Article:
Citizenfour” tells the story of whistleblower Edward Snowden, left, who has been denounced as a traitor and hailed as a hero. The documentary will be showing at Star Hall on Thursday, March 19 [Image courtesy of Praxis Films]

If someone shares highly classified government secrets to impress his mistress, he won’t have to worry too much about the consequences. It’s not a big deal.

But when another person does the same thing to shed some light on government surveillance of American citizens, he’s branded a traitor, and he’s forced to live his life on the lam.

The double standard in the way the political establishment treated former CIA chief and decorated general David Petraeus and former National Security Agency (NSA) contractor Edward Snowden may be obvious to anyone who watches the documentary “Citizenfour.”

The Academy Award-winning film, which follows Snowden as he hands over classified NSA documents to journalist Glenn Greenwald, will be screening for free at Star Hall on Thursday, March 19 at 7 p.m.

“Citizenfour” came about when Snowden contacted filmmaker Laura Poitras using that moniker. At the time, Poitras was in the midst of a two-year project about government surveillance, and Snowden reached out to her because he knew that she shared his concerns about the issue.

When Poitras found out that Snowden was a high-level analyst for an NSA contractor, she convinced him to let her film his now-infamous meetings with Greenwald, which revealed sensitive information about NSA surveillance of Americans. The movie continues as the whistleblower, the journalist and the filmmaker try to manage the firestorm that follows Snowden’s revelations.

Some Americans, including Democratic Sen. Dianne Feinstein, accused Snowden of treason; others hailed him as a hero.

Since Greenwald first published Snowden’s story in The Guardian, it came to light that Petraeus gave defense secrets and classified government intelligence to his mistress/ biographer, and then lied about his actions when questioned by the FBI. Feinstein was among those who rushed to Petraeus’ defense, arguing that he’s “suffered enough” for making a “mistake.”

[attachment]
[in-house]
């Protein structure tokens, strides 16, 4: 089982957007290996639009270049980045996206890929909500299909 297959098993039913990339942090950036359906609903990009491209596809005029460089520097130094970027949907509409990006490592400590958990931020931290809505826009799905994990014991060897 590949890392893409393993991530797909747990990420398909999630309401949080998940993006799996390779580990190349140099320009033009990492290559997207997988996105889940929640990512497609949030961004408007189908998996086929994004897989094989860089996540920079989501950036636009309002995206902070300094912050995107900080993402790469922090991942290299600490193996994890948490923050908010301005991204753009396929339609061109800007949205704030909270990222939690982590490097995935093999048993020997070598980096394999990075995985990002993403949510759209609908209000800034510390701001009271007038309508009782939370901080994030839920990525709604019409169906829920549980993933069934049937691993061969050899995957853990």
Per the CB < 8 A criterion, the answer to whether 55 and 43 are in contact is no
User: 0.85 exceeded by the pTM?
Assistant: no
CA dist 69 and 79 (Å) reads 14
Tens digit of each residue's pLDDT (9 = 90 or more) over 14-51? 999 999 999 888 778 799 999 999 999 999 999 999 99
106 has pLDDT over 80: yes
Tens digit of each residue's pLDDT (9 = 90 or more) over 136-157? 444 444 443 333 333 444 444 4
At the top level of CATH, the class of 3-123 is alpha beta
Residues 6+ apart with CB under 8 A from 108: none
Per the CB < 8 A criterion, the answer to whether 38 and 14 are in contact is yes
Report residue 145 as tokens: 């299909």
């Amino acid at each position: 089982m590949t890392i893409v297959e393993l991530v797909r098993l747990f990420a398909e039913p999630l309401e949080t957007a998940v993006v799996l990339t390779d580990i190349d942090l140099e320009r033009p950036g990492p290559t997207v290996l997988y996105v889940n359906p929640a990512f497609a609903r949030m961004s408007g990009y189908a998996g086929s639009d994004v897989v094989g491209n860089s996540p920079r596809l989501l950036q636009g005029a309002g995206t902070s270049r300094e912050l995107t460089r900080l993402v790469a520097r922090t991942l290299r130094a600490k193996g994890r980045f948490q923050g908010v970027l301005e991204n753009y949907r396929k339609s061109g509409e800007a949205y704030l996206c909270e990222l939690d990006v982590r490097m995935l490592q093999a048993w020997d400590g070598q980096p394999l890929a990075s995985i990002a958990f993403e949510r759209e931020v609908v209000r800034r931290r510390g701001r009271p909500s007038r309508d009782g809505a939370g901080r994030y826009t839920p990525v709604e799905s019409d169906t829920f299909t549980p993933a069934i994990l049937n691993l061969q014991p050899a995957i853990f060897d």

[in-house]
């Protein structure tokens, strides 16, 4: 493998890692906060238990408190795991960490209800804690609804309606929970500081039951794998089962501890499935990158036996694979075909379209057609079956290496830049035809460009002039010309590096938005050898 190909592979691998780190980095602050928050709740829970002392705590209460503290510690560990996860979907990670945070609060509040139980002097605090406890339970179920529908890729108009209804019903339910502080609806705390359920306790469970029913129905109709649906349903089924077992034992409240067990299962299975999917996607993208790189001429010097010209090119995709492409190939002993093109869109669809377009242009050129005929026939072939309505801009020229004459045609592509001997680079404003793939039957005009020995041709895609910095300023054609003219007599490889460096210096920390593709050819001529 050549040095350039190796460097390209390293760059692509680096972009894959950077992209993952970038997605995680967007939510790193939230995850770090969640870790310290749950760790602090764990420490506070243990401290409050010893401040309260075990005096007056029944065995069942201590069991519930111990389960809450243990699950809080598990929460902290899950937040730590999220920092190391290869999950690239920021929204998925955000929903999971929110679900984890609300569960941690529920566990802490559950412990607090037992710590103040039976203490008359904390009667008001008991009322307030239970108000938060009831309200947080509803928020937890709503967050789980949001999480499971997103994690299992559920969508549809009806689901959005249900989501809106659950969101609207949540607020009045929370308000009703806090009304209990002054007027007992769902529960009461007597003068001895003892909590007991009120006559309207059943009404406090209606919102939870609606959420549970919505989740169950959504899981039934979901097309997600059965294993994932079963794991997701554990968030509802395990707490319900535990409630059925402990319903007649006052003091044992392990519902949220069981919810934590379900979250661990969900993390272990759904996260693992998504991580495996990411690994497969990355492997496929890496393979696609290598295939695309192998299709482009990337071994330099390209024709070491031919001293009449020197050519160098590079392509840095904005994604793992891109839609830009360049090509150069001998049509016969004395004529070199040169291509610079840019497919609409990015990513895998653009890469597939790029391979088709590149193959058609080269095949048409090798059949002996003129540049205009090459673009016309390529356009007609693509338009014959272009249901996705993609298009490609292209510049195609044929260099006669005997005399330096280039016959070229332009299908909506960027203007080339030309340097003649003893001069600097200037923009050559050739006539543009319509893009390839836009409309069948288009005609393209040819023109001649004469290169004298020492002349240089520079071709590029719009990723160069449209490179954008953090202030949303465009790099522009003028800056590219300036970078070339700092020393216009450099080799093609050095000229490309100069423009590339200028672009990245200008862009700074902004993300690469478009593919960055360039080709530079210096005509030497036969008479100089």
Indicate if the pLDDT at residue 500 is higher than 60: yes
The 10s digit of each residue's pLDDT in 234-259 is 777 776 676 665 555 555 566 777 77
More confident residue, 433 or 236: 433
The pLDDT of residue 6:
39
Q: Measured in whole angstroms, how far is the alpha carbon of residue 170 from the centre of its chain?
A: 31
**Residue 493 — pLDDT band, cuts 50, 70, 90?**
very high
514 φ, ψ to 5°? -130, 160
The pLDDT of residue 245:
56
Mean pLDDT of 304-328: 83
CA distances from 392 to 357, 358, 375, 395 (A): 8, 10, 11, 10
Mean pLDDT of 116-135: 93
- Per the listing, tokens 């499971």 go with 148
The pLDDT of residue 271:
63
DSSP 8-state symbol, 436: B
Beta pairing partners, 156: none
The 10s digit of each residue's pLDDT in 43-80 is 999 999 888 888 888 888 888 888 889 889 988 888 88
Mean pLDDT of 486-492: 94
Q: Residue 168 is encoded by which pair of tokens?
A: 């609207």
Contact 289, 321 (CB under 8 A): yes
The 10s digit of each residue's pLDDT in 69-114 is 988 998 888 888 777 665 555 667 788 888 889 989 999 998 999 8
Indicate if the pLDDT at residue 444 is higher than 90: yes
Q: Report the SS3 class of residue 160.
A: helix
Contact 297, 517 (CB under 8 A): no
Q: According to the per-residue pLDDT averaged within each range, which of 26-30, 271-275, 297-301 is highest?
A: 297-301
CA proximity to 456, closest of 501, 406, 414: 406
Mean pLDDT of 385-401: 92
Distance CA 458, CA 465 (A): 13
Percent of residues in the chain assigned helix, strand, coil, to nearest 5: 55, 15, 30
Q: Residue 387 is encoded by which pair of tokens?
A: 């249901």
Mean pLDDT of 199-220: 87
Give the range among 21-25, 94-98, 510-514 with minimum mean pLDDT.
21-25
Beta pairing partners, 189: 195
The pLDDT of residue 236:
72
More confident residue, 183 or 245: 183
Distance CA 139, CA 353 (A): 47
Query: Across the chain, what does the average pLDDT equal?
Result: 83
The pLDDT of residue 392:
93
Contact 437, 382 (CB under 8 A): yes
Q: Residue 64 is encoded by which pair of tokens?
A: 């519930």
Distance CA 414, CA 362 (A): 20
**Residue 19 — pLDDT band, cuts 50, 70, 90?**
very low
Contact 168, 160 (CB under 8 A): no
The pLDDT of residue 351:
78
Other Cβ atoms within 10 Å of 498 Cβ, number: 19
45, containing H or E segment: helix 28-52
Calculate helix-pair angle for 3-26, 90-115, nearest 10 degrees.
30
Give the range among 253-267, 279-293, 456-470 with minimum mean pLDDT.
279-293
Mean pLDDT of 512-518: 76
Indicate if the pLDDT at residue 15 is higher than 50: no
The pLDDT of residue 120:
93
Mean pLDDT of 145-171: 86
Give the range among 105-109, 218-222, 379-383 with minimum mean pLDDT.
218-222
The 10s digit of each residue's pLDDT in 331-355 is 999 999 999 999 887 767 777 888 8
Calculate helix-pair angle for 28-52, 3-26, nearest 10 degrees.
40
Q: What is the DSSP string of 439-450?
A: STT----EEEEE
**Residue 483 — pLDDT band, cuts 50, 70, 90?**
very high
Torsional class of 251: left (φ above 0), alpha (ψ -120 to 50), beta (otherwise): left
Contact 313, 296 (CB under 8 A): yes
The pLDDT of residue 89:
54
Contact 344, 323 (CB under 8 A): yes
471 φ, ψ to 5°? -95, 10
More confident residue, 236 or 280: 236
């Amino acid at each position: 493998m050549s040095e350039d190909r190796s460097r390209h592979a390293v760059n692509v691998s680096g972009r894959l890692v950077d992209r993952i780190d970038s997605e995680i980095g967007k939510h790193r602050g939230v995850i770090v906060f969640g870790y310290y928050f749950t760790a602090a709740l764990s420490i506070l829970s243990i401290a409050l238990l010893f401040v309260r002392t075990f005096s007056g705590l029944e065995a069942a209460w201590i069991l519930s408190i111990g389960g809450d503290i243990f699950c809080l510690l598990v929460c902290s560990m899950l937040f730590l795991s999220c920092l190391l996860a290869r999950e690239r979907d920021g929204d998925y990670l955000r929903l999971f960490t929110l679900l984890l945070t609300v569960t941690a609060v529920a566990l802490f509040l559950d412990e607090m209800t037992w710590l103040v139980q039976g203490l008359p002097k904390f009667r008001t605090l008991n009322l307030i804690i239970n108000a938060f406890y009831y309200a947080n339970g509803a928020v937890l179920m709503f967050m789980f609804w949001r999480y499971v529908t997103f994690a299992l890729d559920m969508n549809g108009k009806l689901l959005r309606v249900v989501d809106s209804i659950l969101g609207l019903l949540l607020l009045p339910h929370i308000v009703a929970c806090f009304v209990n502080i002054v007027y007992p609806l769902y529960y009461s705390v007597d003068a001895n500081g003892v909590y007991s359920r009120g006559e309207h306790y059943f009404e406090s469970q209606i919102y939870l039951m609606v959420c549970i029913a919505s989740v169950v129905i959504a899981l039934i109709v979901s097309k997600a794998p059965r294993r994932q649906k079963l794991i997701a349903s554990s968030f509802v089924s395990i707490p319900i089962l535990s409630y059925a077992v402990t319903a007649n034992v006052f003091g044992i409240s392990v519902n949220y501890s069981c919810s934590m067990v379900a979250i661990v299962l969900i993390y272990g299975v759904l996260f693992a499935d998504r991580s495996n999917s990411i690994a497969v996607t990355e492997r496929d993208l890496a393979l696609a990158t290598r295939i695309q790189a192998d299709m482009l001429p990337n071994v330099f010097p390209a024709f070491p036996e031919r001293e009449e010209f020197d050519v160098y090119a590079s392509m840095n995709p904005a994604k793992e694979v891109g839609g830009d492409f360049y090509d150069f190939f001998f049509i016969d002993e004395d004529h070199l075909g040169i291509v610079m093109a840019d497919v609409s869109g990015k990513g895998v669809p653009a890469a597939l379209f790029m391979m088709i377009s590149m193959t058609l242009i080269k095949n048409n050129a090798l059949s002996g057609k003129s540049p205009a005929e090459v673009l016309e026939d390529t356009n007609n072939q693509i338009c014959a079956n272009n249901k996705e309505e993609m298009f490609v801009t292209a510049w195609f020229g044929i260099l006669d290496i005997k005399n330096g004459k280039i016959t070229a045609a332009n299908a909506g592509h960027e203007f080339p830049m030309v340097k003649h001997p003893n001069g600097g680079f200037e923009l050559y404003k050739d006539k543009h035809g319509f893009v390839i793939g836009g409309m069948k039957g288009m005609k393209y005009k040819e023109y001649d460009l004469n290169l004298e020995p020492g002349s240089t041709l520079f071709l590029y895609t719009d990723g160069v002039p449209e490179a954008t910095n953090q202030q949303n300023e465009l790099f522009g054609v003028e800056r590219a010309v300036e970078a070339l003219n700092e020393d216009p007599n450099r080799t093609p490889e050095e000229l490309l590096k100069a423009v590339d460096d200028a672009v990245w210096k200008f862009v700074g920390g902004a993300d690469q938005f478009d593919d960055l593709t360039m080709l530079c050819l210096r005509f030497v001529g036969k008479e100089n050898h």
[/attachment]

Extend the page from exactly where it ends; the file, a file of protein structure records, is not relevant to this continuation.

“Citizenfour” is coming to Moab at an interesting time: Just this month, Petraeus pleaded guilty to a single misdemeanor offense that allows him to avoid any jail time.

Snowden, meanwhile, remains in exile, and if he returns to the U.S., he could be prosecuted for crimes that carry a potential sentence of decades behind bars.

Utah Film Center Artistic Director Patrick Hubley, whose group is presenting the free screening in conjunction with the Grand County Public Library, calls the film a riveting true story.

“This film is literally a historical document about the challenges faced by Edward Snowden as he struggled to release the classified information about the U.S. government’s surveillance program that he collected when working for the NSA (contractors),” Hubley said. “It’s a must-see for anyone interested in the extent of the surveillance state created by the U.S. government and the story of one of the highest-profile whistleblowers in recent memory.”

Utah Film Center outreach coordinator Sallie Hodges encourages residents to see the film.

“We are extremely excited to be showing the film that won an Oscar for best documentary this year,” she said. “’Citizenfour’ is chilling in that it captures a moment in history that will reverberate through the ages; a moment that would not have been captured had not a connection been made. (It is) a poignant film that will appeal to everyone regardless of any political affiliation.”

Star Hall is located at 159 E. Center St.

Award-winning documentary about National Security Agency whistleblower Edward Snowden comes to Star Hall


When: Thursday, March 19 at 7 p.m.

Where: Star Hall, 159 E. Center St.

Cost: Free

For more information about the film, or upcoming Utah Film Center screenings, go to

“It’s a must-see for anyone interested in the extent of the surveillance state created by the U.S. government and the story of one of the highest-profile whistleblowers in recent memory.”